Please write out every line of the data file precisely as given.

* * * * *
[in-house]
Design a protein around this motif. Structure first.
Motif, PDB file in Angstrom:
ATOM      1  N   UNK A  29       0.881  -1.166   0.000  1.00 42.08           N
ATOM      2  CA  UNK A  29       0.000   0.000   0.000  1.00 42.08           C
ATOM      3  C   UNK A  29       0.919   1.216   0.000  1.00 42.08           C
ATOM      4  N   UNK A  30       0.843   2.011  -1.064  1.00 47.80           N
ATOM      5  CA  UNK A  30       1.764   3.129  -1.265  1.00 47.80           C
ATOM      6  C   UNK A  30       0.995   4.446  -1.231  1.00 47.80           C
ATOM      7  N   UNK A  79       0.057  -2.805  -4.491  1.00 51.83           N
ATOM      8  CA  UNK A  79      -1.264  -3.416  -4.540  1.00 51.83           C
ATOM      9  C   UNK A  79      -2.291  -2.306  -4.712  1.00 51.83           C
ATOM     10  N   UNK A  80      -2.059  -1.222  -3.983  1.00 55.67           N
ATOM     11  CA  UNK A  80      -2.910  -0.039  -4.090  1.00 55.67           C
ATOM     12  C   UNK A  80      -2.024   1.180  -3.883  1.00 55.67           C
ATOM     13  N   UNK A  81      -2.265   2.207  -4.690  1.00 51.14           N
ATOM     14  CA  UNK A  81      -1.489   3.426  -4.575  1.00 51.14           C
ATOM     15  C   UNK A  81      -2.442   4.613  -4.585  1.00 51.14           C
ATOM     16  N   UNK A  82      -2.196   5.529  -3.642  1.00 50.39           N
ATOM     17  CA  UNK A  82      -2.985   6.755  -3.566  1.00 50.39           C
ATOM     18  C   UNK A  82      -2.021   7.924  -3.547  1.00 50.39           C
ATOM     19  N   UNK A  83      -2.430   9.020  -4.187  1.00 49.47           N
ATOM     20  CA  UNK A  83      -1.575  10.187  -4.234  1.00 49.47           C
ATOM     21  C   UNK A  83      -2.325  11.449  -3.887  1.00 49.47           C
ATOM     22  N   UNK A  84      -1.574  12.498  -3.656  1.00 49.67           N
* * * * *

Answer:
[in-house]
Design a protein around this motif. Structure first.
Motif, PDB file in Angstrom:
ATOM      1  N   UNK A  29       0.881  -1.166   0.000  1.00 42.08           N
ATOM      2  CA  UNK A  29       0.000   0.000   0.000  1.00 42.08           C
ATOM      3  C   UNK A  29       0.919   1.216   0.000  1.00 42.08           C
ATOM      4  N   UNK A  30       0.843   2.011  -1.064  1.00 47.80           N
ATOM      5  CA  UNK A  30       1.764   3.129  -1.265  1.00 47.80           C
ATOM      6  C   UNK A  30       0.995   4.446  -1.231  1.00 47.80           C
ATOM      7  N   UNK A  79       0.057  -2.805  -4.491  1.00 51.83           N
ATOM      8  CA  UNK A  79      -1.264  -3.416  -4.540  1.00 51.83           C
ATOM      9  C   UNK A  79      -2.291  -2.306  -4.712  1.00 51.83           C
ATOM     10  N   UNK A  80      -2.059  -1.222  -3.983  1.00 55.67           N
ATOM     11  CA  UNK A  80      -2.910  -0.039  -4.090  1.00 55.67           C
ATOM     12  C   UNK A  80      -2.024   1.180  -3.883  1.00 55.67           C
ATOM     13  N   UNK A  81      -2.265   2.207  -4.690  1.00 51.14           N
ATOM     14  CA  UNK A  81      -1.489   3.426  -4.575  1.00 51.14           C
ATOM     15  C   UNK A  81      -2.442   4.613  -4.585  1.00 51.14           C
ATOM     16  N   UNK A  82      -2.196   5.529  -3.642  1.00 50.39           N
ATOM     17  CA  UNK A  82      -2.985   6.755  -3.566  1.00 50.39           C
ATOM     18  C   UNK A  82      -2.021   7.924  -3.547  1.00 50.39           C
ATOM     19  N   UNK A  83      -2.430   9.020  -4.187  1.00 49.47           N
ATOM     20  CA  UNK A  83      -1.575  10.187  -4.234  1.00 49.47           C
ATOM     21  C   UNK A  83      -2.325  11.449  -3.887  1.00 49.47           C
ATOM     22  N   UNK A  84      -1.574  12.498  -3.656  1.00 49.67           N